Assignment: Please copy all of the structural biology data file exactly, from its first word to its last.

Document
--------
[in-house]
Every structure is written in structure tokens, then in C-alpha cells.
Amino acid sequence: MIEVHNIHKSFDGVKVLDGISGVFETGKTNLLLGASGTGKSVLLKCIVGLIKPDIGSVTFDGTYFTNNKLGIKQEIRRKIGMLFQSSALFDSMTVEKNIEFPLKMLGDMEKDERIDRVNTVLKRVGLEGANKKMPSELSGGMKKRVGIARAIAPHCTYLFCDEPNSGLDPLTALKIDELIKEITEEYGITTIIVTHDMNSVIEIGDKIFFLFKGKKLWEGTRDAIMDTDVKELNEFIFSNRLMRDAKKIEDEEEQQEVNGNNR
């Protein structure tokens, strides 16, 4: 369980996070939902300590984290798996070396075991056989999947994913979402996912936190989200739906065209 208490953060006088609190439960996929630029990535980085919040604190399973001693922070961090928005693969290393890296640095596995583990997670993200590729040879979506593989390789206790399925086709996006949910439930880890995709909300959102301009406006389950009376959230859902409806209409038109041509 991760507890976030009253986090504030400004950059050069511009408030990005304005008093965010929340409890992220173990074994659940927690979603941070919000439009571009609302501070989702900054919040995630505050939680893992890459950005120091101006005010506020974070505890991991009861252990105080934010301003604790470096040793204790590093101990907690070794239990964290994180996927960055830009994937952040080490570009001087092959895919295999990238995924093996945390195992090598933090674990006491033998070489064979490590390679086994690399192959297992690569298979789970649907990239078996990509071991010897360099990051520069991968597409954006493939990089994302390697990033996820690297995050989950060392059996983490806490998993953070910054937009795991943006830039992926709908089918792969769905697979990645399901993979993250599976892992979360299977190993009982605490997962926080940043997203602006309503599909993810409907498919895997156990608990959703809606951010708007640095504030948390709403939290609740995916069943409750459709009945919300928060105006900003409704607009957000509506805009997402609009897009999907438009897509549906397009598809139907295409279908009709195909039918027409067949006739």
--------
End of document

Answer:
[in-house]
Every structure is written in structure tokens, then in C-alpha cells.
Amino acid sequence: MIEVHNIHKSFDGVKVLDGISGVFETGKTNLLLGASGTGKSVLLKCIVGLIKPDIGSVTFDGTYFTNNKLGIKQEIRRKIGMLFQSSALFDSMTVEKNIEFPLKMLGDMEKDERIDRVNTVLKRVGLEGANKKMPSELSGGMKKRVGIARAIAPHCTYLFCDEPNSGLDPLTALKIDELIKEITEEYGITTIIVTHDMNSVIEIGDKIFFLFKGKKLWEGTRDAIMDTDVKELNEFIFSNRLMRDAKKIEDEEEQQEVNGNNR
């Protein structure tokens, strides 16, 4: 369980996070939902300590984290798996070396075991056989999947994913979402996912936190989200739906065209 208490953060006088609190439960996929630029990535980085919040604190399973001693922070961090928005693969290393890296640095596995583990997670993200590729040879979506593989390789206790399925086709996006949910439930880890995709909300959102301009406006389950009376959230859902409806209409038109041509 991760507890976030009253986090504030400004950059050069511009408030990005304005008093965010929340409890992220173990074994659940927690979603941070919000439009571009609302501070989702900054919040995630505050939680893992890459950005120091101006005010506020974070505890991991009861252990105080934010301003604790470096040793204790590093101990907690070794239990964290994180996927960055830009994937952040080490570009001087092959895919295999990238995924093996945390195992090598933090674990006491033998070489064979490590390679086994690399192959297992690569298979789970649907990239078996990509071991010897360099990051520069991968597409954006493939990089994302390697990033996820690297995050989950060392059996983490806490998993953070910054937009795991943006830039992926709908089918792969769905697979990645399901993979993250599976892992979360299977190993009982605490997962926080940043997203602006309503599909993810409907498919895997156990608990959703809606951010708007640095504030948390709403939290609740995916069943409750459709009945919300928060105006900003409704607009957000509506805009997402609009897009999907438009897509549906397009598809139907295409279908009709195909039918027409067949006739």